Benihana have been putting on their special Teppanyaki table shows since at least the 1980’s, or rather that’s when I first went to one as part of an office outing. I thought at the time that it was great fun and the food was, to my youthful palate, pretty good too. The bill was enormous but we were in advertising so someone else paid, probably a client.
Since then I haven’t really given Benihana much thought, it is after all a chain restaurant and we’re not supposed to like chains unless they’re called Hawksmoor. They’re still going strong though. Founder Hiroaki Ã¢â‚¬Å“RockyÃ¢â‚¬Â Aoki passed away in 2008 but Keiko Ono Aoki now runs the show and in her honour Benihana has a Benihana Ladies Only Menu until the end of August – – 9-courses for £30 per person which includes a plum wine cocktail and a glass of house wine.
Now I am a not a laydee of course, but persuaded our local Benihana in Mayfair to serve the special meal to myself and the 15 year old daughter of a friend anyway. She was wide-eyed at the prospect, while I was a little worried that someone would call Operation Yewtree when they saw us together at the table. No one is safe these days. I forbade her the alcohol, for obvious reasons, but everything else was allowed.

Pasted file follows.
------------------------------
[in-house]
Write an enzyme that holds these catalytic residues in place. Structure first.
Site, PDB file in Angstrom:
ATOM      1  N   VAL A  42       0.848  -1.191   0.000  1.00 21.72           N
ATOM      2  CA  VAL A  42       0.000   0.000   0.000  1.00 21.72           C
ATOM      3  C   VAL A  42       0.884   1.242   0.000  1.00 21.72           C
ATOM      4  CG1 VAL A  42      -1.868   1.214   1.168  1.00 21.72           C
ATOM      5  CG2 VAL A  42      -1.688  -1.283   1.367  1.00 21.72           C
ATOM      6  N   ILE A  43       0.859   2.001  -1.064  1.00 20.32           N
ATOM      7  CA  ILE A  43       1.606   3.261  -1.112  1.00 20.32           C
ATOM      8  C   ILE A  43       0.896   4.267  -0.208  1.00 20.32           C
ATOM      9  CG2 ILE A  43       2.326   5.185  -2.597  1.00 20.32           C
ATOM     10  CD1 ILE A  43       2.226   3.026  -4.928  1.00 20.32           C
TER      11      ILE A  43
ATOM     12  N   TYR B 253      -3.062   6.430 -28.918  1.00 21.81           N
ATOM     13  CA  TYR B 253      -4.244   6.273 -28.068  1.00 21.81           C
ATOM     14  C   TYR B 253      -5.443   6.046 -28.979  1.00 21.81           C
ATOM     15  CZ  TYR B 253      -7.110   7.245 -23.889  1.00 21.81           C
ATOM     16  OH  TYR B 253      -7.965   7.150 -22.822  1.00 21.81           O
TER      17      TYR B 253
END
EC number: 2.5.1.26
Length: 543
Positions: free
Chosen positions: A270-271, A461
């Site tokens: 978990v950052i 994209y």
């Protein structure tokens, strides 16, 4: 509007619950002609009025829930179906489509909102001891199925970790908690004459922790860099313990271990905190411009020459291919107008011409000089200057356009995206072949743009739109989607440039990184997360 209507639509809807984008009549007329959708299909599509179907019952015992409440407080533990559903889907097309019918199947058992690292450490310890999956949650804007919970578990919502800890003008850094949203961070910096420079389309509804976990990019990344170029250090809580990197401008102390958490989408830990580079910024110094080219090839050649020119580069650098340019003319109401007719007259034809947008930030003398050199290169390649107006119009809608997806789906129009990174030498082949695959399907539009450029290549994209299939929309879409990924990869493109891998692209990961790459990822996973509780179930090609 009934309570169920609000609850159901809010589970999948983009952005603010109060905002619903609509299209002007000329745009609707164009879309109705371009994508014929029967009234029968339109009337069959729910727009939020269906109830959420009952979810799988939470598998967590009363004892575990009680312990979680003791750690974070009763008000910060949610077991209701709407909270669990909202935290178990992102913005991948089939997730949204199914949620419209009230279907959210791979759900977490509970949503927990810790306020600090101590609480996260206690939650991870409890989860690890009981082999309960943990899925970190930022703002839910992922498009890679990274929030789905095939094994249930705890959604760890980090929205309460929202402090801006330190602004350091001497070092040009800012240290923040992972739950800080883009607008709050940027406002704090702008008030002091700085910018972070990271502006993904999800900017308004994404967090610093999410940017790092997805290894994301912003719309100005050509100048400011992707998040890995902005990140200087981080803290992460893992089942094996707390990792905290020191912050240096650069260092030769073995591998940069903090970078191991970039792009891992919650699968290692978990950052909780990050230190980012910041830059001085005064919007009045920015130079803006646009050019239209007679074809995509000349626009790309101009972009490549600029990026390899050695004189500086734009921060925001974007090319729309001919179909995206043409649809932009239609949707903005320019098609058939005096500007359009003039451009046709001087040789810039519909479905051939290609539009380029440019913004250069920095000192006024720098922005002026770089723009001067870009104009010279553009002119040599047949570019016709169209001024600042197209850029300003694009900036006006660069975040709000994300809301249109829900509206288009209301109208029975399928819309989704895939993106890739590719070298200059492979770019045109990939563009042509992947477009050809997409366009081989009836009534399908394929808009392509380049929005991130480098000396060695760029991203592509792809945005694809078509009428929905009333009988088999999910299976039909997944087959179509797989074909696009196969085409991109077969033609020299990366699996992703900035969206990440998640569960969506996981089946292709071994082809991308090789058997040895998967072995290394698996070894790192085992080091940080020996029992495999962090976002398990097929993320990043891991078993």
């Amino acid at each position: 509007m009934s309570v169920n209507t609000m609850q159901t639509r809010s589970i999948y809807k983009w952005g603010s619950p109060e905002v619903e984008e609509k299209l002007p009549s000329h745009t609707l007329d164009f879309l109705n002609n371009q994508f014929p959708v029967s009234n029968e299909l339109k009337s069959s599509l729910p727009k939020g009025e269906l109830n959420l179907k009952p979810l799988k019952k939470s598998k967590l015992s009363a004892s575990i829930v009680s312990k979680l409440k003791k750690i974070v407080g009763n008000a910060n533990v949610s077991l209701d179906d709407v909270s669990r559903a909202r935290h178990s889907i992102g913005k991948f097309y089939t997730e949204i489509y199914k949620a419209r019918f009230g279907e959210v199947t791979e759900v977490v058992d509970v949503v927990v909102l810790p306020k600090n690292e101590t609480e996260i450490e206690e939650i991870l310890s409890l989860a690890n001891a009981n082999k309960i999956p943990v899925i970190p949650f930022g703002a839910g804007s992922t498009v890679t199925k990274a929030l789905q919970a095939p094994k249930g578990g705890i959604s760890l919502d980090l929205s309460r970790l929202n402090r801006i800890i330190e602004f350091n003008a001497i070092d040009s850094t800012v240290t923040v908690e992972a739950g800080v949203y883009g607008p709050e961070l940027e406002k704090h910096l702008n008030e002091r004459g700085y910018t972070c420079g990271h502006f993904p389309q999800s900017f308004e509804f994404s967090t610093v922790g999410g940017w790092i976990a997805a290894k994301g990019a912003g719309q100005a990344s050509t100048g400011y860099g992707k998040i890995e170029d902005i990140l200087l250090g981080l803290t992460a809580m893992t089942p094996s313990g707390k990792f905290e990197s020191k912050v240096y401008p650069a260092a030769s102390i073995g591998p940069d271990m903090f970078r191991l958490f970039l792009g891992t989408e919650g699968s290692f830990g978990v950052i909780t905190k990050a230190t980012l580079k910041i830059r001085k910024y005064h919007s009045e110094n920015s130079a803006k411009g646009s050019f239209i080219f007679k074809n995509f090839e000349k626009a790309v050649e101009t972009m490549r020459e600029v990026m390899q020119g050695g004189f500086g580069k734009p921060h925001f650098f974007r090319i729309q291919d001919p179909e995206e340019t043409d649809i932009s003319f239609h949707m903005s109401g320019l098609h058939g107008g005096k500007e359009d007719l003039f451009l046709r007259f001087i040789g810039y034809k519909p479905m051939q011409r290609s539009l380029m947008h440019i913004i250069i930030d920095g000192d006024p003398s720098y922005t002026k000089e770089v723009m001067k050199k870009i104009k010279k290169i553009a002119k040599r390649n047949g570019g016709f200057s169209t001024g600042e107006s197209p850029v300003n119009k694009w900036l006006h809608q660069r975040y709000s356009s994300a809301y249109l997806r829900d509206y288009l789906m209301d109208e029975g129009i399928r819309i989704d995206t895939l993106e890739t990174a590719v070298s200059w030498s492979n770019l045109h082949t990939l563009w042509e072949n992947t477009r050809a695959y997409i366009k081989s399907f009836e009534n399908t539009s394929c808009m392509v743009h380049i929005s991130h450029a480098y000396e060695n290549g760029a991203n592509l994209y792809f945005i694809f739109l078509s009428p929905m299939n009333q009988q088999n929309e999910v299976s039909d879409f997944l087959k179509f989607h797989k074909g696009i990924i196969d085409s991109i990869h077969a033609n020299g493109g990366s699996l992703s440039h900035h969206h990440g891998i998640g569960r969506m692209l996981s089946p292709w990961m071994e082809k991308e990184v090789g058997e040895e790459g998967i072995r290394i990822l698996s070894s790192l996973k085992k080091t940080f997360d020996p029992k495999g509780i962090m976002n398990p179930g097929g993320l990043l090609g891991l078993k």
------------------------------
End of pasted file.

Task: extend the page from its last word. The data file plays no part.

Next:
She enjoyed all of it immensely and for the most part so did I, although the tempura was a bit soggy. The best bit is still the show the chef puts on for the main course, arriving at the hibachi grill with his little trolley, a cheery greeting in Japanese and a repertoire of banter and knife work.
It’s all undeniably good fun; I particularly liked the Vesuvius he made from onion rings, the steam shooting up into the extractor hood in a very dramatic way. The food comes at you fast and fresh and with around eight people seated at the table it’s a good icebreaking social experience and ideal for groups on a night out.
Of course it’s not 100% authentic in its food and connoisseurs of Japanese may well look down their noses, but at £30 a head you really can’t complain and Benihana’s is a formula that has proved successful for a reason.
Incidentally, Rocky’s son Steve Aioki didn’t go into the business, started with nothing, and is now the 11th highest paid DJ in the world. I thought this factoid would impress my guest and it did a bit. She then told me that the highest paid DJ in the world is Calvin Harris with $46 million in the bank, which made me rock back in my sensible shoes.
$46 million from playing other people’s music? Now that’s a party trick.